Ultimate 4K Trip with 2001: A Space Odyssey


We recently conducted a viewing test using Stanley Kubrick’s 1968 science fiction magnum opus, 2001: A Space Odyssey. The test involved watching the film on two major streaming platforms that shall remain unnamed, then comparing the experience to our 4K UHD HDR Blu-ray of the same movie. The results were less than flattering, to the streamed version that is. First off, streaming was capped at 1920 x 1080 as opposed to the marvelous 3840 x 2160 provided by our trusty home cinema projector.

Then, the streams looked oversaturated to the max. Colors were exaggerated and completely off, and overall the image had a false, overly bright appearance. In contrast (pun 100% intended), the Blu-ray offers perfect mastering, with balanced bright and dark areas plus a gorgeous HDR effect. 

a spaceman in a spaceship in the style of Stanley Kubrick's 2001 A Space Odyssey

I Cannot Let You Watch This in 1080p, Dave

The lower resolution of the streamed versions denied 2001 much of its impact. Stanley Kubrick’s rendition of the Arthur C. Clarke story features pioneering cinematography by Geoffrey Unsworth, aided by some of the most impressive practical and in-camera effects committed to film to this day. Details abound at every step and scene, and so the 4K Blu-ray with its nearly compression-free quality is the best way to appreciate 2001. Sure, the 1080p online version will do to get the overall idea, we’re not saying it’s that bad, but you will miss out and settle for a strangely harsh but at the same time undetailed playing of a masterpiece that boils over with detail.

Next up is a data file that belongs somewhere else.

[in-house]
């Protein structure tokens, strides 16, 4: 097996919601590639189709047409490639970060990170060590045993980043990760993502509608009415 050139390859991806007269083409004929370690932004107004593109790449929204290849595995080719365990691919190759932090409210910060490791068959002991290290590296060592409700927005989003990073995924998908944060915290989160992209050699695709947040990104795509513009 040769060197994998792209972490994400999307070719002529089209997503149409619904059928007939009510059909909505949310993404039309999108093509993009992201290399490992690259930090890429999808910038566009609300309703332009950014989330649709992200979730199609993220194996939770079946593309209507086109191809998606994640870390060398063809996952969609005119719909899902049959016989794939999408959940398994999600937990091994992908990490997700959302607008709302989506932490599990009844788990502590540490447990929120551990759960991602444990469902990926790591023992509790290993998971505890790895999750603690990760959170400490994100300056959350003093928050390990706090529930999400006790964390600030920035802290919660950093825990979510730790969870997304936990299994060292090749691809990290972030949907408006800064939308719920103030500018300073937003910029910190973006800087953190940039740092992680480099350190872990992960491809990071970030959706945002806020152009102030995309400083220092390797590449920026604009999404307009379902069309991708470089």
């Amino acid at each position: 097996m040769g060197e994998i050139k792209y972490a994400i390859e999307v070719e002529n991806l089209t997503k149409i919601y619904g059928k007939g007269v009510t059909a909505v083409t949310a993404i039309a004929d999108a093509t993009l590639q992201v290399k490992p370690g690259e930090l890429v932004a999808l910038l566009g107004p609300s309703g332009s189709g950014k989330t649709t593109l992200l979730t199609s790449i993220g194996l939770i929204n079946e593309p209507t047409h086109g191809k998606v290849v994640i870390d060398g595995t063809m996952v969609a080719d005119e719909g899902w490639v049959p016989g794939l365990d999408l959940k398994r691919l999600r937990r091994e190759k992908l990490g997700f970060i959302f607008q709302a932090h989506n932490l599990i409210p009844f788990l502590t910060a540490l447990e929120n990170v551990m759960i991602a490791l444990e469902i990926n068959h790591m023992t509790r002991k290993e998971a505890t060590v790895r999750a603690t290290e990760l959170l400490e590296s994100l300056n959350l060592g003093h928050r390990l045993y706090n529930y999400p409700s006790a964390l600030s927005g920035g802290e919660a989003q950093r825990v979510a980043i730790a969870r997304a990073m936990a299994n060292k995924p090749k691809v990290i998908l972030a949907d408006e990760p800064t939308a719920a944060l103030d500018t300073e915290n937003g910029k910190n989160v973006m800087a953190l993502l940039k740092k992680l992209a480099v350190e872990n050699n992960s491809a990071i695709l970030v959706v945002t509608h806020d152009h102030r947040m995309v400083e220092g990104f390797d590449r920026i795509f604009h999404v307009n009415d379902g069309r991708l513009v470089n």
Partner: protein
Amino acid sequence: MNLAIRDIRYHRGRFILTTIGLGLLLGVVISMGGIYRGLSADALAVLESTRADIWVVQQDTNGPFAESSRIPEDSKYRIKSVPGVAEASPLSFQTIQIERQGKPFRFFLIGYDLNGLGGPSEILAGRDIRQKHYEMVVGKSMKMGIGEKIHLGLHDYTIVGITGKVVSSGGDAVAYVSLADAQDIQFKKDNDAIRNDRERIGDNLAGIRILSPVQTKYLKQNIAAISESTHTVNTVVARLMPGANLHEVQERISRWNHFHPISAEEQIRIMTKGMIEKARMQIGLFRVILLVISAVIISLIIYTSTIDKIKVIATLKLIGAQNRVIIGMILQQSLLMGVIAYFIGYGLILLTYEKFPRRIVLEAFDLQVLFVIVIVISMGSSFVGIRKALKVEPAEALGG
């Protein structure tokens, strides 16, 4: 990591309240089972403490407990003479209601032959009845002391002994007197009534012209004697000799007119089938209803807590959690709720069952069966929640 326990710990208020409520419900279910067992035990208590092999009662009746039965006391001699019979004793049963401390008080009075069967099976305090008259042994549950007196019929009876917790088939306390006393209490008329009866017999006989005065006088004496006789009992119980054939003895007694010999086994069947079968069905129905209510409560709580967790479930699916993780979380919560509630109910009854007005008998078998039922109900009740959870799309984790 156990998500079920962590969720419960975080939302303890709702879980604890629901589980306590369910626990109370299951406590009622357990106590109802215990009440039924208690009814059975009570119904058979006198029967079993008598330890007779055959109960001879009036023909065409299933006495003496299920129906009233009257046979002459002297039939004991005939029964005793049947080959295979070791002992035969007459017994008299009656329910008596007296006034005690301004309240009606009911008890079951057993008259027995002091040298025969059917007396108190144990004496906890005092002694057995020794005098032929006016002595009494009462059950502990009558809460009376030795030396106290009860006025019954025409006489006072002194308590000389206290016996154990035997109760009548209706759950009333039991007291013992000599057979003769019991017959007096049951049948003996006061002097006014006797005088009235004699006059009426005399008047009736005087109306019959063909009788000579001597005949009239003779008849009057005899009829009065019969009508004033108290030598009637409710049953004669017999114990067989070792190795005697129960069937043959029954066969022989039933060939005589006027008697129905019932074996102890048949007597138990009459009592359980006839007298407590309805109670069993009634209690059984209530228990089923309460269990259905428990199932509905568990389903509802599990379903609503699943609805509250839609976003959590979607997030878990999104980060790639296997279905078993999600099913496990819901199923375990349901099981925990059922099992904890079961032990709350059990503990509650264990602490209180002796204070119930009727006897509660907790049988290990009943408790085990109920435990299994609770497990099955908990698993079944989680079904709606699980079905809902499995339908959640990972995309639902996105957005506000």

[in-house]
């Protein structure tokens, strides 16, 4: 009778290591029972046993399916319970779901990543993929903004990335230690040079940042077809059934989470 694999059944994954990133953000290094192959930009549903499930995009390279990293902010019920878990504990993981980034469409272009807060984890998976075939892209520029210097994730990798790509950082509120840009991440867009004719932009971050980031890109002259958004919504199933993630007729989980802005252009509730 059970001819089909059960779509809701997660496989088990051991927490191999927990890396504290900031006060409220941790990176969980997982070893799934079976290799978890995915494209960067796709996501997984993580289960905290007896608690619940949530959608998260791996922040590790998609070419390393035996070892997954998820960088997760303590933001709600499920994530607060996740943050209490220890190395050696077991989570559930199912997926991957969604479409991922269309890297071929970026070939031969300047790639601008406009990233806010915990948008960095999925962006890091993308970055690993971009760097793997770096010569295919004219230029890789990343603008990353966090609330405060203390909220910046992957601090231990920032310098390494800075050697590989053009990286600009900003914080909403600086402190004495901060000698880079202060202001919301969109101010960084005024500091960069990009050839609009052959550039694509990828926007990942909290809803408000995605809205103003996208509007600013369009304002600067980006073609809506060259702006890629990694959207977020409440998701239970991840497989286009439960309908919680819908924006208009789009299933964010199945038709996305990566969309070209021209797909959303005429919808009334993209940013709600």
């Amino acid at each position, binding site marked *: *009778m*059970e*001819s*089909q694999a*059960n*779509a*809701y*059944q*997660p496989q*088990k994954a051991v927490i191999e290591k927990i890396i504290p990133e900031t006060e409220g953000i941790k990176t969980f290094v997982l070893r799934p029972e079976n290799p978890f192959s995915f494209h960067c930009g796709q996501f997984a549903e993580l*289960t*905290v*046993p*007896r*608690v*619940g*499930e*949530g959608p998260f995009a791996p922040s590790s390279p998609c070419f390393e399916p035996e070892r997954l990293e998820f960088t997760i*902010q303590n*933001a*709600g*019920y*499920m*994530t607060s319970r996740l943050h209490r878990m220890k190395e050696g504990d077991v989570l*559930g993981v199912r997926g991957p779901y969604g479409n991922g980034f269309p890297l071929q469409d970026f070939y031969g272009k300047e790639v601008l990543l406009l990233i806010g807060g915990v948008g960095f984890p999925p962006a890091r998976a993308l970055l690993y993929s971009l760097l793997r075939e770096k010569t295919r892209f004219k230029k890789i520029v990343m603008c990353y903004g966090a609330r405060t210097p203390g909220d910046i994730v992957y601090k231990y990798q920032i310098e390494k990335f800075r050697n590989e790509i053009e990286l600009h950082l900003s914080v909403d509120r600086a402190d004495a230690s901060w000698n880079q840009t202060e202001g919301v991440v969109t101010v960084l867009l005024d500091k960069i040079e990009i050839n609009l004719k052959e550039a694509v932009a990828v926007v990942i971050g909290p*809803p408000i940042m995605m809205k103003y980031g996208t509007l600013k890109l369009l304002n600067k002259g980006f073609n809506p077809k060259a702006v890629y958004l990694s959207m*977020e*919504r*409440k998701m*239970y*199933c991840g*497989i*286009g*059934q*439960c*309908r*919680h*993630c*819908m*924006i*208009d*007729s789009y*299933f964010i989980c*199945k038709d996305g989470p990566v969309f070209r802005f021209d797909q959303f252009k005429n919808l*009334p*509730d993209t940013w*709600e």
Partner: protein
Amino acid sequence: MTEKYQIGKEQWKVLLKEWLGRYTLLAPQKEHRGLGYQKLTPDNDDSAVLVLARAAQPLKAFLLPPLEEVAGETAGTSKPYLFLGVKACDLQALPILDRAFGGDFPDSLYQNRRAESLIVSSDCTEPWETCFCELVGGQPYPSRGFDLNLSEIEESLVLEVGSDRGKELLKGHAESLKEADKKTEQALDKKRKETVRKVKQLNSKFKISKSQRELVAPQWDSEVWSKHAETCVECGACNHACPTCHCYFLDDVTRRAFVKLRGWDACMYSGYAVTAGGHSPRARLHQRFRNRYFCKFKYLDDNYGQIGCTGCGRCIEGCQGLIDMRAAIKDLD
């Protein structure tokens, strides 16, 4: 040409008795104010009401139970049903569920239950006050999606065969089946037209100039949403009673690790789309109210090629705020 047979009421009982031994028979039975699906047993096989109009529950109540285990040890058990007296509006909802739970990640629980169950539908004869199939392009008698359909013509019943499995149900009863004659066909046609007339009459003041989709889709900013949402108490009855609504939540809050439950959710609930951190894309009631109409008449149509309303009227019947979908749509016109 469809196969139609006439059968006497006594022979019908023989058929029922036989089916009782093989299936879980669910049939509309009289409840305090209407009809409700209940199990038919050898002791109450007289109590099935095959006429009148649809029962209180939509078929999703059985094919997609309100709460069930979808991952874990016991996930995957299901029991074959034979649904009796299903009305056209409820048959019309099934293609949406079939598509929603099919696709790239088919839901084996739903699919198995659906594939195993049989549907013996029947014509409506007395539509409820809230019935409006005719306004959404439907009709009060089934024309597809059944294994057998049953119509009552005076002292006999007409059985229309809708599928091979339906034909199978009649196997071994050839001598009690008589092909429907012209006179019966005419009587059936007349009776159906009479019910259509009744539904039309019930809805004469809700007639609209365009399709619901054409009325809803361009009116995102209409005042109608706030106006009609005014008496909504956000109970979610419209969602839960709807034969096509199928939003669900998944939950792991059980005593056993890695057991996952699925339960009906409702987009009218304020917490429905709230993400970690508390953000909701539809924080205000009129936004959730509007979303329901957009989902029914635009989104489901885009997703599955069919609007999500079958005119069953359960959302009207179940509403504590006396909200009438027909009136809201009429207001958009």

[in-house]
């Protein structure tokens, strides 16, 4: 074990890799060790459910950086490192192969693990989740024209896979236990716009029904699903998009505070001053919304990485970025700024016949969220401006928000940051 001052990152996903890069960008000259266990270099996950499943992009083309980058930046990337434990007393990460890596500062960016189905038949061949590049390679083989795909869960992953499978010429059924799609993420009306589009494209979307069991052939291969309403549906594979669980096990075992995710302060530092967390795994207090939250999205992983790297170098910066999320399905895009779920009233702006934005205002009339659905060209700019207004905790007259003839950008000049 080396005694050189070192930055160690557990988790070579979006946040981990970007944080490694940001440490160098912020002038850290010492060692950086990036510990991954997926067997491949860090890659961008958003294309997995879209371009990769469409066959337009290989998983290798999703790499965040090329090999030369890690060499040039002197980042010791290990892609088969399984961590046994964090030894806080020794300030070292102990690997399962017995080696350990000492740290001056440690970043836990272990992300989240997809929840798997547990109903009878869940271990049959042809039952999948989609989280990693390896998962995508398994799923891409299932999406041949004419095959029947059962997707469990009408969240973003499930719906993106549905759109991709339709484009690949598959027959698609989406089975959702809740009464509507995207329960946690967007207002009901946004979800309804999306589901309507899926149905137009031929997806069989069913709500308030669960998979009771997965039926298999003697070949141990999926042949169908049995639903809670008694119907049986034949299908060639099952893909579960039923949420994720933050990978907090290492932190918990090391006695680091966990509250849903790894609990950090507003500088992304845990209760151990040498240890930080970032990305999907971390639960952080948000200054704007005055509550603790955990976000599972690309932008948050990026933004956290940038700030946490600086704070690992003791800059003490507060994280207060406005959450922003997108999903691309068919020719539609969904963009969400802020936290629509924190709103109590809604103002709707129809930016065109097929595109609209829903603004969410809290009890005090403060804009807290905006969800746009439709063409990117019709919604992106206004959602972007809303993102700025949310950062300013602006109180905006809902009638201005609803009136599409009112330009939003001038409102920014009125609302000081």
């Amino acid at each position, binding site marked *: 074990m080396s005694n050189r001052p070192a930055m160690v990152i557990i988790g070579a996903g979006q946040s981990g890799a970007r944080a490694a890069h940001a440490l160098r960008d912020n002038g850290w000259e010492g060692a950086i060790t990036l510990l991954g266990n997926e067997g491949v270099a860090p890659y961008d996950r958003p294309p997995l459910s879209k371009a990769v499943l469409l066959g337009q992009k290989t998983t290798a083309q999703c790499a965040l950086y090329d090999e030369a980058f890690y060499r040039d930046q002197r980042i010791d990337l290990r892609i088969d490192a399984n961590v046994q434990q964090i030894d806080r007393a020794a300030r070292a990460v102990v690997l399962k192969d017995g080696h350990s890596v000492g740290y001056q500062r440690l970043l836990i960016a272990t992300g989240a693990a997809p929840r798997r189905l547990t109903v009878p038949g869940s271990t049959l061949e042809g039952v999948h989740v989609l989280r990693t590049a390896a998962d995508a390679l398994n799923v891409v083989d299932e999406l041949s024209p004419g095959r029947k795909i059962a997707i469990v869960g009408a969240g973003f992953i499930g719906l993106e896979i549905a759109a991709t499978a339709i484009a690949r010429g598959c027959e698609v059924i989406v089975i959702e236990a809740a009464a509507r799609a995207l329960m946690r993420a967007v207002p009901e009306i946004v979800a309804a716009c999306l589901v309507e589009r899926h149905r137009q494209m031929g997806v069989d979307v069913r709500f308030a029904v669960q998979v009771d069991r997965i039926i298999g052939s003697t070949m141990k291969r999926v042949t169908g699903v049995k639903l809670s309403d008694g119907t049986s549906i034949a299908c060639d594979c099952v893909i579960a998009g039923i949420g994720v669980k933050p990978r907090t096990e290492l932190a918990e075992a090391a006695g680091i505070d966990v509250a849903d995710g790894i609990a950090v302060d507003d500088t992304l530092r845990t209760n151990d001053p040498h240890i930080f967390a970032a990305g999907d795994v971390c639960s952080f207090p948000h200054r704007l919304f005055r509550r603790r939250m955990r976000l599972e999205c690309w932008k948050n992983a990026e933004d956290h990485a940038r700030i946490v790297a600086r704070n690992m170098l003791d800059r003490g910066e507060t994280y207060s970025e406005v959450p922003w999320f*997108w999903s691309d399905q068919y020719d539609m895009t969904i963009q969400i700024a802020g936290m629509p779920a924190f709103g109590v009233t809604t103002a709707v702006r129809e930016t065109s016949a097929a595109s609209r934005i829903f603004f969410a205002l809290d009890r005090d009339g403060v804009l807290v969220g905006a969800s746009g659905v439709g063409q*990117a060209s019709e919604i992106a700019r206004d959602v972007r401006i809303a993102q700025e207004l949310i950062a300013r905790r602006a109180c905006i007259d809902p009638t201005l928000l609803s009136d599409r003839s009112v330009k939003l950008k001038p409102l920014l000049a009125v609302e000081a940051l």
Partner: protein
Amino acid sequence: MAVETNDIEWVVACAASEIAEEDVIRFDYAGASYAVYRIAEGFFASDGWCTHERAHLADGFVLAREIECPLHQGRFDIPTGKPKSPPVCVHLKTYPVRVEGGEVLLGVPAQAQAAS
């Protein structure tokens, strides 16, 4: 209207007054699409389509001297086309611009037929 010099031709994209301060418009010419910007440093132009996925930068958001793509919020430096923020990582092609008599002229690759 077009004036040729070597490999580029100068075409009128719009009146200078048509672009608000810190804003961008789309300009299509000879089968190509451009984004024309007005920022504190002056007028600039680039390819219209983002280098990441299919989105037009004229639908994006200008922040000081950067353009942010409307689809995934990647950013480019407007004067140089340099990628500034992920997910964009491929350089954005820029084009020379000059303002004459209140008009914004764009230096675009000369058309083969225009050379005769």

Everything’s in HDR, Dave

The 4K Blu-ray for 2001: A Space Odyssey arrived from Warner Bros. back in December of 2018. It supports HDR10 and Dolby Vision, so essentially every HDR-capable device is covered. The quality on display is quite sublime, as over the course of the movie’s nearly 150-minute runtime we venture across numerous environments, each presenting a unique color scheme. The orange and yellow-dominated African veldt of the Dawn of Man sequence, followed by Blue Earth seen from orbit. The stark contrast between glowing human-made space stations and vehicles and the blackness of space, notably lacking overly-twinkling stars because 2001 aimed for scientific accuracy as much as possible.

Then the surface of the moon, a very rocky and detail-laden place that’s obviously different from the real moon, as the movie was made years before video from the lunar surface was available to the public.

Of course, then we get the interior of Discovery 1, the big ship were astronauts Bowman and Poole spend their time traveling to Jupiter together with the notorious HAL-9000 supercomputer. Details, colors, nuances: the 4K Blu-ray simply looks fantastic in HDR, showing careful attention to color calibration on the part of the mastering team. The streamed version simply can’t hope to compete.

By the time the psychedelic Starchild sequence comes along, you’ll be very happy if you’re watching on a big screen with proper 4K HDR rather than the adequate but ultimately disappointing edit purveyed by the streamed counterpart. 

A spaceship flying to a space station in the style of Stanley Kubrick's 2001 A Space Odyssey

Let’s Get Physical

Surely the world’s trending towards an ever-greater focus on streaming, but 2001: A Space Odyssey provides a sobering reminder that for now, at least, streamed can’t beat a proper physical disc. The Blu-ray shines with 4K and redolent HDR, emboldened by a superb balance of colors and contrast. It’s a true must-watch classic of world cinema that deserves your time and appreciation, ideally on a big screen. And that’s despite the fact that the then-future shown in 2001: A Space Odyssey hasn’t exactly turned out as expected. We still don’t have giant space stations with hotels and coffee shops, nor permanent moon bases or commercial flights to space. But we do have 4K HDR!


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